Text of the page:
ECS 240th ECS Meeting ECS Lecture Q&A: Electrolysis on Mars: MOXIE and the Perseverance Mission

Michael Hecht responds to ECS Lecture questions

Michael H. Hecht delivered the ECS Lecture, Electrolysis on Mars: MOXIE and the Perseverance Mission, at the Plenary Session of the 240th ECS Meeting on October 11, 2021. Answers to questions posed during his lecture follow.

Photo courtesy of NASA/JPL-Caltech

Michael Hecht is the Associate Director for Research Management at the Massachusetts Institute of Technology (MIT) Haystack Observatory. Since 2013, he has been Principal Investigator for the Mars Oxygen In-Situ Resource Utilization Experiment (MOXIE) instrument on NASA’s Mars 2020 Rover (Perseverance) mission, a technology demonstrator to validate the instrumentation and methodology to produce large quantities of oxygen from the Martian carbon dioxide atmosphere using solid oxide electrolysis (SOXE). From September 2019 to August 2020, Professor Hecht served as Deputy Project Director for the Event Horizon Telescope, the consortium that in 2019 delivered the first image of a black hole. His diverse experiences span planetary missions, observational astrophysics, space instrument and SmallSat development, planetary science, and project, program, and line management. Prior to joining MIT, he worked for 30 years at the NASA Jet Propulsion Laboratory (JPL), developing instrumentation for planetary missions. There he achieved the designation of Senior Research Scientist. At JPL, he served as Principal Investigator and Instrument Manager for the MECA (Microscopy, Electrochemistry, and Conductivity Analyzer) instrument on the Phoenix Mars mission. MECA operated through the summer of 2009, with major findings in microscopy, the physical chemistry of water in soil, and notably, in aqueous soil chemistry using electrochemical methods.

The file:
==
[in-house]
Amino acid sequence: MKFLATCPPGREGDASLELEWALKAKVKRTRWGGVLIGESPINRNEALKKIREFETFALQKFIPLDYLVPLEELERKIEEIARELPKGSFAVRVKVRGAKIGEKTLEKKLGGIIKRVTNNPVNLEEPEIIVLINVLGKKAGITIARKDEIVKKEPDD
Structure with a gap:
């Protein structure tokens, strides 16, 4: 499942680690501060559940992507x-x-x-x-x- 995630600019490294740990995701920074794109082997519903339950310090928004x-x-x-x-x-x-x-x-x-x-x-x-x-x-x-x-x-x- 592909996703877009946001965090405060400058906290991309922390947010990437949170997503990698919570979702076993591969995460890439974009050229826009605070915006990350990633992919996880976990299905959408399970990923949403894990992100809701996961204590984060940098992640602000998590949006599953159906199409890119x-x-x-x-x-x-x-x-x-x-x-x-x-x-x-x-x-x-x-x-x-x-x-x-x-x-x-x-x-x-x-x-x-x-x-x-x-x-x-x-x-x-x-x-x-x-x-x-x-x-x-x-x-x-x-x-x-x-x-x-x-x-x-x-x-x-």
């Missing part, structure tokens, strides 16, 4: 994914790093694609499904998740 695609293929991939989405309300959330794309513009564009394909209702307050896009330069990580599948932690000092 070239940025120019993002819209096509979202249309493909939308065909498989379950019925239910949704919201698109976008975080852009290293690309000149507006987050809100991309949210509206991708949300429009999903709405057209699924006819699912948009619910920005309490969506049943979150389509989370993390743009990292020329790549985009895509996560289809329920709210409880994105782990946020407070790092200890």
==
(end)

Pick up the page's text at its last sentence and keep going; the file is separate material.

Prof. Hecht received his PhD in Applied Physics at Stanford University in 1982 after completing his BA in Physics at Princeton University and MS at MIT. His research has garnered numerous awards including the 2020 Breakthrough Prize in Fundamental Physics and 1990 Lew Allen Award for Excellence. His h-index is 51 with over 11,500 citations.


Since there is some water on Mars, why not just electrolyze water to get oxygen and hydrogen that can then be used for rocket fuel or reacted with CO2 to form methane?

There is indeed lots of water on Mars, all in the form of ice or hydrated soil. Like any other mineral, you need to find it, excavate or extract it, and purify it before you can use it. We’ll do that someday, but for now MOXIE solves the big problem of oxygen (we’ll need 25 tons vs. 7 tons of hydrogen-containing methane) without having to do any of that! Even when we have water, we’ll probably still want to do CO2 electrolysis to make the best use of the resources.